The Architecture Centre Network (ACN) was an independent organisation representing centres of architecture and the built environment in the UK. ACN commissioned Atoll to prepare a series of retrospective case studies on the work on the network centres. Below are featured six articles prepared in August 2006:
In 2004, George Ferguson, the president of the Royal Institute of British Architects, addressed a 200-strong audience at the Unitarian chapel at Newington Green in Islington, and praised the efforts of local campaigners who had brought change to their area – an example of what he saw as a national upturn in “pride of place”. He cited Newington Green as a prime example of how people power could reverse the fortunes of areas formerly defined by crime, poverty, drugs and prostitution. In this slow but important process, Islington Council 1 also believes that the community has a vital role to play in helping recreate and sustain healthy communities. This is reflected in the excellent programmes already implemented by them in and around Newington Green, and in the forged relationships with bodies like Newington Green Action Group.2
As an important part in this approach, Treasures was a small public art project developed over 3 years, up to 2005 – to explore the hidden beauty, myth and history of Newington Green, using micro-sculpture, with interactively-triggered spoken word and sound loops. The project was developed by Hackney’s Building Exploratory 3 and was funded by Islington Council and the Heritage Lottery Fund. In accordance with the published ambitions of Building Exploratory, Treasures was created to help people ‘make up the unique heritage that defines a place today and sets its path for the future’. Prior to 2002, the Building Exploratory had been working around Newington Green on the Building Memories aural history project – and this sowed the seeds for Treasures.
The 11 Treasures produced were made with the assistance of a local community steering group drawn from around Newington Green. These works were intended to reflect the changes that the area had seen, as well as the future it held. Created by lead artist Anna Hart working with icon artist Richard Tremlett, the Treasures are iconic images relating to the area’s history and culture – whilst the integrated sound recordings feature the voices, thoughts and memories of the multi-racial local community itself. Within the Green, the robust bronze icons are set into the ground, where the sound-loops are activated by directly pressing onto them. As June Lausch, of Newington Green Primary School said, “The treasures project is a wonderful way for our children to connect with their local environment. It is not only ‘hands-on’ but ‘feet-on’ too!” Workshops held with the community, helped form the basis for the icons. From this critical engagement, it quickly became obvious how much children considered the Green to be ‘their’ Green. This was reinforced on the opening night, where great numbers of the community turned up and actively participated, and by the fact that local year 6 children were also willing to be trained as tour guides. The long-term nature of this project meant that artist and people working on it became well known and trusted in the community and as a result, relationships and trust were formed on both sides. For the future, the ambition is that the Treasures ‘voices’ can be changed every 2 years, and will stay in the park for at least the next 10 years.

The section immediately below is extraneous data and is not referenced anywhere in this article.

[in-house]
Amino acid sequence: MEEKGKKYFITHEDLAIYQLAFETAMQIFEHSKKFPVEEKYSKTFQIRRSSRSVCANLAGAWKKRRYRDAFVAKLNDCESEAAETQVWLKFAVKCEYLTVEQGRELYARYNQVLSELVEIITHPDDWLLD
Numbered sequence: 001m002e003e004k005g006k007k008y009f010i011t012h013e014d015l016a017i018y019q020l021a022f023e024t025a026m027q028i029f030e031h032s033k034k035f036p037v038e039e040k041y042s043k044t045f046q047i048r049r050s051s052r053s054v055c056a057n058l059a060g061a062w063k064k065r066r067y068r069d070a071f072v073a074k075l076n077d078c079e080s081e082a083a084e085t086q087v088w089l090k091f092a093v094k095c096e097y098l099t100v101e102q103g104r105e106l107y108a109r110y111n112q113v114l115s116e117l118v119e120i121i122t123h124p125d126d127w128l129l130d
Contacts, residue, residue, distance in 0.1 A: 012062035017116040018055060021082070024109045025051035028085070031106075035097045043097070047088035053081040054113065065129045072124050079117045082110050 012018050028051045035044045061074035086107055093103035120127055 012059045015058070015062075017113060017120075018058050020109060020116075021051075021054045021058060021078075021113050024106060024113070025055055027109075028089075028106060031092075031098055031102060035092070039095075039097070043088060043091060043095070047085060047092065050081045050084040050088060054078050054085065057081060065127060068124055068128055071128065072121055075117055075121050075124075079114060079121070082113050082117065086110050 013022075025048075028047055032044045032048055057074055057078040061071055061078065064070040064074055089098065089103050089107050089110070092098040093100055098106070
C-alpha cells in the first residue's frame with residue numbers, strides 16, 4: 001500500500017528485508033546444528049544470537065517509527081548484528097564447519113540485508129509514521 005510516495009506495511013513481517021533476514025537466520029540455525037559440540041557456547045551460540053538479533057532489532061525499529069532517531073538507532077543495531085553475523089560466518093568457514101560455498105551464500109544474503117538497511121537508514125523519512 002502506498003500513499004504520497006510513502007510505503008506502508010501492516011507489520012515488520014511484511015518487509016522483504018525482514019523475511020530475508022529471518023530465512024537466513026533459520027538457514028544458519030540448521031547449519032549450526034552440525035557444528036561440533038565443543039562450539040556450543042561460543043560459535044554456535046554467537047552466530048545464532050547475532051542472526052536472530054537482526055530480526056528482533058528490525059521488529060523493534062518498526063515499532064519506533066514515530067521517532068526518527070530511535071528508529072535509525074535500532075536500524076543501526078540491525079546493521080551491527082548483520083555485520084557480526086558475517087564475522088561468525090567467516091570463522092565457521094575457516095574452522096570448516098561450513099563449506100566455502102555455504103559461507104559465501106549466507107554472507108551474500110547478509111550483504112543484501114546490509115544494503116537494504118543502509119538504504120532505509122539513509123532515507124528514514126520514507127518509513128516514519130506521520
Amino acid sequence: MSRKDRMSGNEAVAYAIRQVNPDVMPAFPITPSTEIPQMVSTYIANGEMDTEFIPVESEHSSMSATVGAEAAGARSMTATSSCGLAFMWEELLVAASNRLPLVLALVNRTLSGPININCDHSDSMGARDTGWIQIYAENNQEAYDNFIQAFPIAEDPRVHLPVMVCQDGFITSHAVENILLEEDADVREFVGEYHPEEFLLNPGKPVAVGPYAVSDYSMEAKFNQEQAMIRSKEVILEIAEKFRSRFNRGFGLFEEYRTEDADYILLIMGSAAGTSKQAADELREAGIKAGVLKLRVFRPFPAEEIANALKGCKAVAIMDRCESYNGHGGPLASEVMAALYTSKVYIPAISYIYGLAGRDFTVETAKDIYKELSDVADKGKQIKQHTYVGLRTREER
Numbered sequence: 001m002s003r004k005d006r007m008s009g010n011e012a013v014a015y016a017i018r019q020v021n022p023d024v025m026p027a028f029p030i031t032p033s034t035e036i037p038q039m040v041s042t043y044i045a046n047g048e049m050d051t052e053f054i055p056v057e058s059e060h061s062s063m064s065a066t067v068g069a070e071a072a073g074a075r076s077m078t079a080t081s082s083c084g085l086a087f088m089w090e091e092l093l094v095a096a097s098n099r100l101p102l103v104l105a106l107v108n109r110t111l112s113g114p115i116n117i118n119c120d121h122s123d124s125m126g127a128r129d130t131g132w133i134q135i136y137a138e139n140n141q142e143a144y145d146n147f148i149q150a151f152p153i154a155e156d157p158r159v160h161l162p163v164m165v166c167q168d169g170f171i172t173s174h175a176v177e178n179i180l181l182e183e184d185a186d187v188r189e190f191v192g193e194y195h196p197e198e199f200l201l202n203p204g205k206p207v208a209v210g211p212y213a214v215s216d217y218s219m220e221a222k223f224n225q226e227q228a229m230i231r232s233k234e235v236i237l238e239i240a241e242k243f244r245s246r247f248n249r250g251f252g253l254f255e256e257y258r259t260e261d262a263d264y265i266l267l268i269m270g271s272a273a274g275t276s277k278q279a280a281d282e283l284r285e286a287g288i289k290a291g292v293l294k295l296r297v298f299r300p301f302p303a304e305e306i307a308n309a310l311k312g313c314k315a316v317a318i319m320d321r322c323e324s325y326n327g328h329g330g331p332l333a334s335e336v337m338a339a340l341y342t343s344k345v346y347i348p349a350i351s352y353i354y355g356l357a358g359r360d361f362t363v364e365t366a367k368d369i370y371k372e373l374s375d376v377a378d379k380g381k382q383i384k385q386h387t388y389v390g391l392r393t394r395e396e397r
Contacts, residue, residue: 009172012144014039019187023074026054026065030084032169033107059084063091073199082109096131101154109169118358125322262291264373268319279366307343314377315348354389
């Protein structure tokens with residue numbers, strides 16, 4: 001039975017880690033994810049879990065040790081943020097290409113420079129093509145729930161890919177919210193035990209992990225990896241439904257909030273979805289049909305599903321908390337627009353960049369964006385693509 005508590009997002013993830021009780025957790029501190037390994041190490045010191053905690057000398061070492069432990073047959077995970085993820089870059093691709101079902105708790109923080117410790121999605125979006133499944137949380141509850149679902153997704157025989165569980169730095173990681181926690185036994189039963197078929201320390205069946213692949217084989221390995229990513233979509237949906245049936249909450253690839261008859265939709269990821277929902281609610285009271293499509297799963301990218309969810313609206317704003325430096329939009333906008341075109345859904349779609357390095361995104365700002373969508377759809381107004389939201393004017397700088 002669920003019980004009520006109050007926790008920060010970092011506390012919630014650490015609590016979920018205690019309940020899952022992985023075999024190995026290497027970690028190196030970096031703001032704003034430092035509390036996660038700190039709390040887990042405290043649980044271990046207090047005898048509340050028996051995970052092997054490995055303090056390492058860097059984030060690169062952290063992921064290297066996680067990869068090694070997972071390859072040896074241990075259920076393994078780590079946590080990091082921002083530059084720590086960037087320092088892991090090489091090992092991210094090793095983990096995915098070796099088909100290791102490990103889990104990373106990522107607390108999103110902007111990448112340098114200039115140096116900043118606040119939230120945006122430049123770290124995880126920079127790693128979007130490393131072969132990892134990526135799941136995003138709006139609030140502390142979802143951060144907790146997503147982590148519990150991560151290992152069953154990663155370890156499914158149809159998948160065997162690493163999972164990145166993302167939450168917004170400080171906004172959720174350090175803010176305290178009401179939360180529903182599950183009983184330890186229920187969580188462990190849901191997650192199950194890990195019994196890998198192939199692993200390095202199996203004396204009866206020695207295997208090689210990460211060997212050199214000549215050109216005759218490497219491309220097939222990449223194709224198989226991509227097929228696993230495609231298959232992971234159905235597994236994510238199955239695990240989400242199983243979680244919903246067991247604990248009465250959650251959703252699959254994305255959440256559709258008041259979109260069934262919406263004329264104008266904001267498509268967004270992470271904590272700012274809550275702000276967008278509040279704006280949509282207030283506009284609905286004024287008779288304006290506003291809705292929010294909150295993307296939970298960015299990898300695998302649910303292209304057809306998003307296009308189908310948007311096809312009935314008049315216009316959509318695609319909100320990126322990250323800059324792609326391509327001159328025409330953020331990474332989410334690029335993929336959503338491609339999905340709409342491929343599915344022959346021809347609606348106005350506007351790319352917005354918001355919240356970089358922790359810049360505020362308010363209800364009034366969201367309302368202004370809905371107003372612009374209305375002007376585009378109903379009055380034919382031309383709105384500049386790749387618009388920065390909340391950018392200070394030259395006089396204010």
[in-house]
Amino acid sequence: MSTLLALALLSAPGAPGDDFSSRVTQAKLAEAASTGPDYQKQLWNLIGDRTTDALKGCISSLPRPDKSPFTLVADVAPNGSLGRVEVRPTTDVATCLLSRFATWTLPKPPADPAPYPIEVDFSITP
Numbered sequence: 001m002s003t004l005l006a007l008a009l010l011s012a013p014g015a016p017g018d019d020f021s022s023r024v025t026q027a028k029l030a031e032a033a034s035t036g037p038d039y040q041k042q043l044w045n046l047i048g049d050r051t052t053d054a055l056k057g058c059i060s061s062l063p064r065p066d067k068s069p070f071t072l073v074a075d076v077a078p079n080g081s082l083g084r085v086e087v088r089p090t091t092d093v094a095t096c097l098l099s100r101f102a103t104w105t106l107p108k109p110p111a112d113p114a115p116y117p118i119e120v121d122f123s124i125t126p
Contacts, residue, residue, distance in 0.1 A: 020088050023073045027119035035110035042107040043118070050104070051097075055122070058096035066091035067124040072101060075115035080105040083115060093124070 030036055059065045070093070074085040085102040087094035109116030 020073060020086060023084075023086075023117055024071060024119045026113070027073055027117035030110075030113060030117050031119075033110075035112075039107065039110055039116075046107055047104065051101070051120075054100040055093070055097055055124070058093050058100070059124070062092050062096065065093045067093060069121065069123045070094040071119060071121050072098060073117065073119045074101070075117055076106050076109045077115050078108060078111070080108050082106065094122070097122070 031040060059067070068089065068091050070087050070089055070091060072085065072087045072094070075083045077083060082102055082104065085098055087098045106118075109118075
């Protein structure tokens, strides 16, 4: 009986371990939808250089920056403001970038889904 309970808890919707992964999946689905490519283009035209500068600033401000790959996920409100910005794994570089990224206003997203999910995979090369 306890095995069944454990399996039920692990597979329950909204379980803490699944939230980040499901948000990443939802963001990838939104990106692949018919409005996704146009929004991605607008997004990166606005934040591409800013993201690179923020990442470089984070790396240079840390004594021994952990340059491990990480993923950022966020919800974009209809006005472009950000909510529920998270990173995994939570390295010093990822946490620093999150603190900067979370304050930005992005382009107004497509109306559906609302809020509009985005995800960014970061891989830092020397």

Since installation in 2005, the legacy of the project has been highlighted practically through positive changes made to traffic flow and in increased usage of the Green itself. However, it is the continued growth in pride in the community of the place that is most notable – as identified by George Ferguson, and as illustrated graphically in a quote received from one of the local residents on the Treasures completion: “I have stopped and discussed them with strangers who turn out to be neighbours”. Or as local poet John Hegley put it: “it’s good to see the ‘new’ in Newington Green”.
The 11 bronze ‘Treasures’ sculptures incorporate the following icons:
Unitarian Chapel – Reflects on the oldest non-conformist church in the country, built on Newington Green in 1708, as a result of the alternative religious community developing in the area before and after the critical Act of Toleration. The recording features a poem by Anna Laetitia, whose husband had been a minister at the Chapel.
Flower – represents both feminist writers (including educationalist Mary Wollstonecraft) and the papier mache and paper flower trade based in the area. The soundtrack features Wollstonecrafts famous ‘A Vindication of the Rights of Women’.
Words – reflects the area as home to a variety of celebrated poets, novelists and other writers over the centuries. A Samual Rogers poem called ‘Pleasures of Memory’ is featured on the soundtrack.
Abacus – recalls the 8 different school that have been located in Newington Green over a 400 year period – including Daniel Defoe’s own ‘School for Dissenters’. Recordings are of readings from Defoe’s Robinson Crusoe.
Bomb – represents the World War 2 bombs dropped nearby and the bomb shelter that was situated under the green. Included is a recording of a piece by 18th century writer Richard Price’s about freedom.
Routemaster 73 – records the passing of the historic bus and route running from the Green to central London. It incorporates recorded poems, made by famous local poets Alison Fell and John Hegley.